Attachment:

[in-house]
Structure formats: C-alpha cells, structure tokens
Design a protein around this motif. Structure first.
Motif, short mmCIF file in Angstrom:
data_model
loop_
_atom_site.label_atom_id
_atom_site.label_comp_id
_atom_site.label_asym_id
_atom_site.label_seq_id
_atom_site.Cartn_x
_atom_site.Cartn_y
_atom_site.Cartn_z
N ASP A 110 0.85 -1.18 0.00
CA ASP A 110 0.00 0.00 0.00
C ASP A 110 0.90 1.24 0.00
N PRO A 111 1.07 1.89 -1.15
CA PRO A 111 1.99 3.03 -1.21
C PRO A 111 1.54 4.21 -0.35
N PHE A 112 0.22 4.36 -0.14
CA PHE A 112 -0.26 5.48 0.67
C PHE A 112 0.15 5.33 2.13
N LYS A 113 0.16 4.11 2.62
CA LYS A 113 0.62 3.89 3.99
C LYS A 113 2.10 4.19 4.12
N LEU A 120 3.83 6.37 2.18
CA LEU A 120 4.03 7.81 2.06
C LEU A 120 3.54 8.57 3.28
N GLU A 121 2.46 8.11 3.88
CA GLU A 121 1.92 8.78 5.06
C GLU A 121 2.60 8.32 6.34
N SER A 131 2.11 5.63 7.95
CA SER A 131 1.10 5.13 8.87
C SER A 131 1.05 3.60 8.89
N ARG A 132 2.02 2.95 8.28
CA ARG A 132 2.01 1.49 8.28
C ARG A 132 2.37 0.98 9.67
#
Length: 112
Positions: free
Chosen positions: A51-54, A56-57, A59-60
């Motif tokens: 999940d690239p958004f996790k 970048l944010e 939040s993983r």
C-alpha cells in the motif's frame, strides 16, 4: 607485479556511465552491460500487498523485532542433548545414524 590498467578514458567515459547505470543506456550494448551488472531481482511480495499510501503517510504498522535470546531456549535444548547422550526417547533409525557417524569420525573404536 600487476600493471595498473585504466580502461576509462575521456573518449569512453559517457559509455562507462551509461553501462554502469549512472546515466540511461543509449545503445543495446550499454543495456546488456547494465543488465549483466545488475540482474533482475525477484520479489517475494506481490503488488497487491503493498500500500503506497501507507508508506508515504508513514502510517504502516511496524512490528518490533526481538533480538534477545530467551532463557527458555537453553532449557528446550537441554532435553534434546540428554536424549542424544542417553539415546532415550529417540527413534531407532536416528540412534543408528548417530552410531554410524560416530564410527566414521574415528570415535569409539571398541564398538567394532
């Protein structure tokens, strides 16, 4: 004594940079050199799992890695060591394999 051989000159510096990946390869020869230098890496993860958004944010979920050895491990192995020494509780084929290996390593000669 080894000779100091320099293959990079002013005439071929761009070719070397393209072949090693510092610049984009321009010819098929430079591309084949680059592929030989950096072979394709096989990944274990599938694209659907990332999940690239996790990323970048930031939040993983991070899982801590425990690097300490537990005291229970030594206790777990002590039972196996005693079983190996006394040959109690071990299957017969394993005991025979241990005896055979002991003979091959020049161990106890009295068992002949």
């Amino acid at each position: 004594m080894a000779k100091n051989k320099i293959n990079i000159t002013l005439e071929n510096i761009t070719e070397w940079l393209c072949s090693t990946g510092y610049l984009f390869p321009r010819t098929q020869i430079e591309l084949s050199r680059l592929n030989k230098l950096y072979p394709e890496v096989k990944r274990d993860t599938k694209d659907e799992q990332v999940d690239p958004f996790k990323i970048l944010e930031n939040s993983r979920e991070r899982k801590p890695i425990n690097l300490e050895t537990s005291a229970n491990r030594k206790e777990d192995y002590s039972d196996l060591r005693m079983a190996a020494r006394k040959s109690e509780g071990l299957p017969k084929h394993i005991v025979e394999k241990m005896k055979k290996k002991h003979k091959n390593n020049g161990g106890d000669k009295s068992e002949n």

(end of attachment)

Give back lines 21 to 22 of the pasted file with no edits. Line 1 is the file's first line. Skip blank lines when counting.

CA PHE A 112 -0.26 5.48 0.67
C PHE A 112 0.15 5.33 2.13